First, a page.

Like the rest of the nation, Western New Yorkers have been watching all the shining moments of March Madness in record numbers.
According to WIVB-TV researcher Bob Gallivan, ratings for the men's basketball tournament are up 17 percent overall from 2004 on Channel 4, and last weekend's tense regional finals were up 30 percent.
Going into today's Final Four, the tournament has averaged a 5.3 rating locally, the highest since meters began measuring audiences here five years ago. It is only one point below CBS's national average of 6.3, its highest in seven years.
The number of high school players who bypassed college for the pros last season would appear to have leveled the playing field somewhat between the top schools and the mid-majors, leading to surprises that fueled ratings. After all, the kids who headed to the pros were not likely to go to Bucknell, Vermont or other Bracket Busters.
Besides being good for CBS's ratings, the upsets have helped some charities. Play-by-play man Jim Nantz revealed he has a bracket contest, with money going to charities when he loses.
"I'll be making out some healthy checks," said Nantz in a conference call.
Local ratings would have been higher if two of the biggest local draws, Syracuse and Duke, had advanced further. Syracuse's first-round loss to Vermont had a 6.6 local rating. The drawing power of Syracuse was apparent in its national run in 2003, when the final had a 14.7 local rating. A year ago, UConn's triumph over Georgia Tech was only a 9.3. Duke also is a strong local draw, with its regional semifinal loss to Michigan State getting a 6.8 rating.
The reasons for the surge of local interest extend beyond the competitiveness of the tournament, which saw three regional finals head into OT. Let's list them.
The Niagara-UB Effect: No question, the strong seasons of two of the area's Division I basketball teams heightened interest in college hoops. Niagara qualified for the first time in 35 years, with its first-round loss against Oklahoma starting the ratings surge. The game had a 6.7 rating locally even though it was played around noon. It was the highest-rated game in the tournament locally until Duke's loss to Michigan State. UB came within one play of qualifying for the NCAA Tournament and made the NIT, where it lost to runner-up Saint Joseph's University.
The Beilein Effect: The popularity of former Canisius College coach John Beilein is evident, judging by local ratings for the two games involving his West Virginia Mountaineers. The Cinderella team's victory over Bobby Knight's Texas Tech team in the regional semifinals had a 6.1 rating, and the Mountaineers' overtime loss to Louisville in the regional finals had a 6.6 rating. The fact Mike Gansey, a St. Bonaventure transfer, plays for Beilein also increased local interest. Unfortunately for Channel 4, CBS didn't send most of the Mountaineers' double-overtime upset of Wake Forest here. I saw that game in Cleveland and certainly understood why TV commentators called it one of the greatest tournament games in the last 20 years. Who knew that three regional finals would compete with it for the title of best game of this season's tournament?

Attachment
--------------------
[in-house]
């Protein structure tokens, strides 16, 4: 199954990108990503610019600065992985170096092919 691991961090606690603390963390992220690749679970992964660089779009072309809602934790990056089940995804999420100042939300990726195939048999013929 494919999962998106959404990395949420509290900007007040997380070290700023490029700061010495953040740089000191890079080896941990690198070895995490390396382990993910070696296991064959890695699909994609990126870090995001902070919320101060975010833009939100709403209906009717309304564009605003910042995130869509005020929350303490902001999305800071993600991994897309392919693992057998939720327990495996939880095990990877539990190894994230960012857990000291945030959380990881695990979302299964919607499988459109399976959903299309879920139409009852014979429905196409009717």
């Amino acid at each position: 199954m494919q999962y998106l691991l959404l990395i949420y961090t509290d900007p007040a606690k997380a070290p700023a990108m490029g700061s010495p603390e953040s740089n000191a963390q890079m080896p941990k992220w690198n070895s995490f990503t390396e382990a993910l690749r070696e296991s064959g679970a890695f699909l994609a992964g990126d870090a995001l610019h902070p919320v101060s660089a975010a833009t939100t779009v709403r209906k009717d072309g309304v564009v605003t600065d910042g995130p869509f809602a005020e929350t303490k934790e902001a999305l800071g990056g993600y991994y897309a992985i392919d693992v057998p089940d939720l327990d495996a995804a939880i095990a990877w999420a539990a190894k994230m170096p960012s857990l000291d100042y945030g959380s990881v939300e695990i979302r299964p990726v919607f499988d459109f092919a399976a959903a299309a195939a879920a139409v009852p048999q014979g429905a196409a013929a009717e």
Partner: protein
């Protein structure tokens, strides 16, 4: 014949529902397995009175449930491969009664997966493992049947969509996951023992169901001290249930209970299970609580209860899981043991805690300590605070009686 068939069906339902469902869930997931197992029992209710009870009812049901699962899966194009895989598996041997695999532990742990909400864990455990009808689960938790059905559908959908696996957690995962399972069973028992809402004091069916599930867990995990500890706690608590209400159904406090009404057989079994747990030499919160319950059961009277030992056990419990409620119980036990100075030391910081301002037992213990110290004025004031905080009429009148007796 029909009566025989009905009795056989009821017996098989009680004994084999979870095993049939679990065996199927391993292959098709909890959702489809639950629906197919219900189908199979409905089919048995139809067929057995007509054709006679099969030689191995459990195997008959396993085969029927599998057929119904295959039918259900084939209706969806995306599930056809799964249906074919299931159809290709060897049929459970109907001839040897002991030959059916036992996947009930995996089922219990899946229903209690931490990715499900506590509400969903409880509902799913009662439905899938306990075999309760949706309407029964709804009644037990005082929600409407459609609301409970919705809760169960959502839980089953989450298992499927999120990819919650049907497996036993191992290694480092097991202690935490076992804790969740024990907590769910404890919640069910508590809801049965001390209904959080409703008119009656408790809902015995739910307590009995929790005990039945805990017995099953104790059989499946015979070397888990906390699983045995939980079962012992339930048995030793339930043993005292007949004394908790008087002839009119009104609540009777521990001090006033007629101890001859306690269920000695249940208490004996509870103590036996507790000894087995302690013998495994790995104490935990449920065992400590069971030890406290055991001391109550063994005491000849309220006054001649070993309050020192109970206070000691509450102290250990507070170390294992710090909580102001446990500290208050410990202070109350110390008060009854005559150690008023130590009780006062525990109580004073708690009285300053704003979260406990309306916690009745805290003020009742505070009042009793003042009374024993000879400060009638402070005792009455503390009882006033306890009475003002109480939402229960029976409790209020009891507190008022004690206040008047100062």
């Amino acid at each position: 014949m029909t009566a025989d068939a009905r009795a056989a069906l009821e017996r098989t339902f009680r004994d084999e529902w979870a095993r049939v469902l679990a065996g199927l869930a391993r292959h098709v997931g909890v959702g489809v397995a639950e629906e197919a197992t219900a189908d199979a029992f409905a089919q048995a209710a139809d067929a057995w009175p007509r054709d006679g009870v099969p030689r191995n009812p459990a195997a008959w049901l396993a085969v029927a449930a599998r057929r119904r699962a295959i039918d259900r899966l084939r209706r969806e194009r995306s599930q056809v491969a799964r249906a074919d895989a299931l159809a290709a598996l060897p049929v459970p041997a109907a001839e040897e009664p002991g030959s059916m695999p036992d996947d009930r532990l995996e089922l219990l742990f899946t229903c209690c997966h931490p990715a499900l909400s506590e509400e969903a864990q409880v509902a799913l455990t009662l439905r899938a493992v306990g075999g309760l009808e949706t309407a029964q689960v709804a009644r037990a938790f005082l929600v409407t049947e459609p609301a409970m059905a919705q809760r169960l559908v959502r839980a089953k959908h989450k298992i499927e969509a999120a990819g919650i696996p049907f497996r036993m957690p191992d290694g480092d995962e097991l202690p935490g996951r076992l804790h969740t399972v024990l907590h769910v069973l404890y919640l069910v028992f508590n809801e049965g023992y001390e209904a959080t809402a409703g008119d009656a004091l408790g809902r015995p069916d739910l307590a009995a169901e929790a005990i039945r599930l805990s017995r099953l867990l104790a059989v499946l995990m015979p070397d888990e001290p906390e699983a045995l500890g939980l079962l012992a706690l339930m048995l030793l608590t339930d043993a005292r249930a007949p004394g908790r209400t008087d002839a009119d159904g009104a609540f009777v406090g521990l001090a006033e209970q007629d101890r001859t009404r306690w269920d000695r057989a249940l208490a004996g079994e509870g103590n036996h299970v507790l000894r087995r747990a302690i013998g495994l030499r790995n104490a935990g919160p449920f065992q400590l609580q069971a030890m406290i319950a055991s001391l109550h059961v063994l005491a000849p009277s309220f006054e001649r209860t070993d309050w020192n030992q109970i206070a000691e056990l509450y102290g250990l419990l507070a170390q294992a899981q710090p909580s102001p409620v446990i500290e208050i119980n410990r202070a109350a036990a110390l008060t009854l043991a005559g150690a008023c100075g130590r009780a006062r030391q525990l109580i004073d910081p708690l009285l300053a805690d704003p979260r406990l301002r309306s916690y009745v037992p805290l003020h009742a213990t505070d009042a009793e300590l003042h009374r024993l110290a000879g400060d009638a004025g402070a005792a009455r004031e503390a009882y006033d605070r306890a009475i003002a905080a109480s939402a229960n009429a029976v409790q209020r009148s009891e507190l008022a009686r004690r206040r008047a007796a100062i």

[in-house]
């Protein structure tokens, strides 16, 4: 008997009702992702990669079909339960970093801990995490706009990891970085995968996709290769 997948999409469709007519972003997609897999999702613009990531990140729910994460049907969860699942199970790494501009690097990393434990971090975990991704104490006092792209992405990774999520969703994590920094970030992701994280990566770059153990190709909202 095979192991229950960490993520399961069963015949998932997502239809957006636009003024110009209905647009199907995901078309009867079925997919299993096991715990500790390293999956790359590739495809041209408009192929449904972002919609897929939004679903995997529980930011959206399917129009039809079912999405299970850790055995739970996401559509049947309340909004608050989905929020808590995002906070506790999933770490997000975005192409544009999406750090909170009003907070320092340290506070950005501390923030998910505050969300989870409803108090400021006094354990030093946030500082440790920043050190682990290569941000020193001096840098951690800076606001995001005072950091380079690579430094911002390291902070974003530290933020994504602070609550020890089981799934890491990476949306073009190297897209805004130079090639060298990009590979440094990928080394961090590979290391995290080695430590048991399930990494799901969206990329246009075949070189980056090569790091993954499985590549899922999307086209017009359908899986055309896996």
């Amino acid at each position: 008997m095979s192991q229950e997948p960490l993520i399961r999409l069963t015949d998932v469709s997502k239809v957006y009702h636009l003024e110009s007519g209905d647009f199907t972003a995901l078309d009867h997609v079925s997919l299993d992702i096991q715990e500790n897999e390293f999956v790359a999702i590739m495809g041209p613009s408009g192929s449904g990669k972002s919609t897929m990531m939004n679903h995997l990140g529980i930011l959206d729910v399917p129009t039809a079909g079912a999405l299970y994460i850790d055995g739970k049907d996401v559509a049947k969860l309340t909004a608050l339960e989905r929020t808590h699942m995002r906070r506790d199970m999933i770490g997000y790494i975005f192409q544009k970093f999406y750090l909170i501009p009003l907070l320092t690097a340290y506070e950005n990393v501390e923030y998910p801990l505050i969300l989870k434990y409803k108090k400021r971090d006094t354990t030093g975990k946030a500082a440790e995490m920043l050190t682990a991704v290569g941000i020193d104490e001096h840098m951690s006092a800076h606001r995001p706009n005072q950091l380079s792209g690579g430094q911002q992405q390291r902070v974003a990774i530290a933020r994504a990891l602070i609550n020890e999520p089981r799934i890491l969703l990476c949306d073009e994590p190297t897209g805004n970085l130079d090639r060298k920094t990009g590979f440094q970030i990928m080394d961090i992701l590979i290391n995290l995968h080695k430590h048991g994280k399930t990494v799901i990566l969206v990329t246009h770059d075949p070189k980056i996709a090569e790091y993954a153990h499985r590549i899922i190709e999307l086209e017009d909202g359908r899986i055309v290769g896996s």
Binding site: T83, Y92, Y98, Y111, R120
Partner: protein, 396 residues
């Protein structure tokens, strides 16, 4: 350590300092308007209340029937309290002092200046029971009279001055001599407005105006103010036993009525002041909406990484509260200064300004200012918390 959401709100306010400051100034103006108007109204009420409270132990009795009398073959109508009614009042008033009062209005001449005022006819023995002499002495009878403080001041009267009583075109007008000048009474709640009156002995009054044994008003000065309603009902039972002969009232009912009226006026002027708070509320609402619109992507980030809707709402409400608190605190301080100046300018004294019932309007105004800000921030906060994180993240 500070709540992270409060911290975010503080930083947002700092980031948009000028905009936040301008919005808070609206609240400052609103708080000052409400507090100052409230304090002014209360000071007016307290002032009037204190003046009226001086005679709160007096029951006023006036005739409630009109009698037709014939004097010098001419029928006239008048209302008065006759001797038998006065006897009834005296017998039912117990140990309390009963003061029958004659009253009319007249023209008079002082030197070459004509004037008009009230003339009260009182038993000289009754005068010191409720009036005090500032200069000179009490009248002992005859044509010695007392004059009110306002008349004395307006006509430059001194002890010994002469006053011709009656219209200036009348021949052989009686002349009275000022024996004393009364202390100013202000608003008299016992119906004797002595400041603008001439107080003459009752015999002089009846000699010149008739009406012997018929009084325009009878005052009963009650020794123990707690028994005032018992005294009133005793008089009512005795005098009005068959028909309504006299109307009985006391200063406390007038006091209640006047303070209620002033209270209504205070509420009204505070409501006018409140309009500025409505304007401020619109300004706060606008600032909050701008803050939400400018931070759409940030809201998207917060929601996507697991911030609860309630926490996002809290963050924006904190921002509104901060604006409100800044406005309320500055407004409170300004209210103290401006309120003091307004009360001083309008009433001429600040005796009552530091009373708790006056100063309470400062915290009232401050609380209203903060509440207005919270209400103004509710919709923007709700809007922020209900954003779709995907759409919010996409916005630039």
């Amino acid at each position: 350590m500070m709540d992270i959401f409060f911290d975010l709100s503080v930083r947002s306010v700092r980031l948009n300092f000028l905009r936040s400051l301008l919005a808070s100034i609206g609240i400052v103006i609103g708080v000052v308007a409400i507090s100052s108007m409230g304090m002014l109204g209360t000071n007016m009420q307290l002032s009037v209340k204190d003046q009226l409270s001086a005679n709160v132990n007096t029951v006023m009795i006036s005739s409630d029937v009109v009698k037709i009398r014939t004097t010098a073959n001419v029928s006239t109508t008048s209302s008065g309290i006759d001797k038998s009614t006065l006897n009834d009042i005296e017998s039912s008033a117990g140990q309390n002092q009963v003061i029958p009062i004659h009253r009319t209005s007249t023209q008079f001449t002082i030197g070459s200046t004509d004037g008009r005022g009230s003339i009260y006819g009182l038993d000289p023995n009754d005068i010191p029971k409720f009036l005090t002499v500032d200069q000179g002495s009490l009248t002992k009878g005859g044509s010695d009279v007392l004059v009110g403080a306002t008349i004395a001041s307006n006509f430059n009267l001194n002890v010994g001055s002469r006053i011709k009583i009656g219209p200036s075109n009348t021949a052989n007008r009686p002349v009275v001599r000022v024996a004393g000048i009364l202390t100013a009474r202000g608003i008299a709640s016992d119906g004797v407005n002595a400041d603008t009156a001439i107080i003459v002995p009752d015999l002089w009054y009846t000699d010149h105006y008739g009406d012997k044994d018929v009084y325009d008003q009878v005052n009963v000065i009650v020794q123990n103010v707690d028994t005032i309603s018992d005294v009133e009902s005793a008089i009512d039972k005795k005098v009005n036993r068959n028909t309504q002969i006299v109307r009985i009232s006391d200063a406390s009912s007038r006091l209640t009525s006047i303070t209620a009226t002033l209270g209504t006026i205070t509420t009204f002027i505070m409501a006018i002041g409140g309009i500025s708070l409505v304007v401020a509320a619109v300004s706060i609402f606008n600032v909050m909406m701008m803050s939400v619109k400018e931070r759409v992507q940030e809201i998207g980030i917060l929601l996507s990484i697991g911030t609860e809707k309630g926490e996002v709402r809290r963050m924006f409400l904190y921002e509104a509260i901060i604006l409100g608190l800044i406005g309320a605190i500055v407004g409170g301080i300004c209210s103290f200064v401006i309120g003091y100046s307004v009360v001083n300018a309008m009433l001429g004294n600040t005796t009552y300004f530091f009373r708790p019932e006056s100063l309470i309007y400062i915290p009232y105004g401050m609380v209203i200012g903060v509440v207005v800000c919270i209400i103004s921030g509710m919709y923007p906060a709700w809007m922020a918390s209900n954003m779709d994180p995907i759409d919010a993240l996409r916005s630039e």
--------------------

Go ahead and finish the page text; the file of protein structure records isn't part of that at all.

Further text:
The NHL Lockout Effect: The absence of the Buffalo Sabres as a TV competitor meant local sports fans weren't torn between viewing options.
After all the upsets, CBS was fortunate to get four big-name schools -- Louisville, Illinois, Michigan State and North Carolina -- in the Final Four. That should help ratings nationally. But if Beilein's club had held off Louisville, WIVB would have been doing a victory dance.
Beilein deservedly became one of the biggest national stories, with the New York Times and USA Today among the publications documenting his rise from junior varsity high school coach to Erie Community College to LeMoyne to his first Division I job at Canisius before he landed at Richmond and moved to West Virginia.
He would have been a fresh face and big underdog on the sidelines today, but the four coaches who qualified also have good stories for CBS analyst Billy Packer to tell. Bruce Weber of Illinois is coaching a few weeks after his mother passed away. Rick Pitino lost a relative in the terrorist attacks of Sept. 11, 2001, and is coaching his third school in the Final Four. Michigan State's Tom Izzo is coaching the lowest seed. UNC's Roy Williams is looking to do what Syracuse's Jim Boeheim did in 2003 -- get a national title at his alma mater and the never-won-a-title monkey off his back.
No matter who wins, CBS can't lose. The network's toughest task Monday night should be editing its annual "One Shining Moment" closing montage to under five minutes.